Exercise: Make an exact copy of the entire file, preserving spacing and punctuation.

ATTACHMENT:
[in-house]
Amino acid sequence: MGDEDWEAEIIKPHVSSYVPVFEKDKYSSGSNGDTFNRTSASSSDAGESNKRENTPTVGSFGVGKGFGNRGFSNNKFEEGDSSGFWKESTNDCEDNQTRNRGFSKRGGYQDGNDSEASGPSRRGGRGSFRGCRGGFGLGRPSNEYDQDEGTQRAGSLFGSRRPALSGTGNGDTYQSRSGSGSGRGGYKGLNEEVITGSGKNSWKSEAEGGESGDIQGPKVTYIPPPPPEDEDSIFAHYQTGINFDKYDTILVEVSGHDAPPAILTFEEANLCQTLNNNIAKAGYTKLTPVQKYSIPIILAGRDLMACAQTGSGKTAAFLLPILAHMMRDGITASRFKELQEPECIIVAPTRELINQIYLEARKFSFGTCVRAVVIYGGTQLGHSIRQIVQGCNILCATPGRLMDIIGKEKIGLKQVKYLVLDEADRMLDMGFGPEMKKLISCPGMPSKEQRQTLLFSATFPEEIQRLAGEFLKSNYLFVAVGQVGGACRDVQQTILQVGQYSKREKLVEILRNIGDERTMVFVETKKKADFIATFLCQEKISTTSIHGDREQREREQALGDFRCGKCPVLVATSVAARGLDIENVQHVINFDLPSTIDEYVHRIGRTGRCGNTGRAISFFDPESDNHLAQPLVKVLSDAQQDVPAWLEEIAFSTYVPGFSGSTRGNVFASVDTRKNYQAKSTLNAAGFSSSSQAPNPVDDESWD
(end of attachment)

[in-house]
Amino acid sequence: MGDEDWEAEIIKPHVSSYVPVFEKDKYSSGSNGDTFNRTSASSSDAGESNKRENTPTVGSFGVGKGFGNRGFSNNKFEEGDSSGFWKESTNDCEDNQTRNRGFSKRGGYQDGNDSEASGPSRRGGRGSFRGCRGGFGLGRPSNEYDQDEGTQRAGSLFGSRRPALSGTGNGDTYQSRSGSGSGRGGYKGLNEEVITGSGKNSWKSEAEGGESGDIQGPKVTYIPPPPPEDEDSIFAHYQTGINFDKYDTILVEVSGHDAPPAILTFEEANLCQTLNNNIAKAGYTKLTPVQKYSIPIILAGRDLMACAQTGSGKTAAFLLPILAHMMRDGITASRFKELQEPECIIVAPTRELINQIYLEARKFSFGTCVRAVVIYGGTQLGHSIRQIVQGCNILCATPGRLMDIIGKEKIGLKQVKYLVLDEADRMLDMGFGPEMKKLISCPGMPSKEQRQTLLFSATFPEEIQRLAGEFLKSNYLFVAVGQVGGACRDVQQTILQVGQYSKREKLVEILRNIGDERTMVFVETKKKADFIATFLCQEKISTTSIHGDREQREREQALGDFRCGKCPVLVATSVAARGLDIENVQHVINFDLPSTIDEYVHRIGRTGRCGNTGRAISFFDPESDNHLAQPLVKVLSDAQQDVPAWLEEIAFSTYVPGFSGSTRGNVFASVDTRKNYQAKSTLNAAGFSSSSQAPNPVDDESWD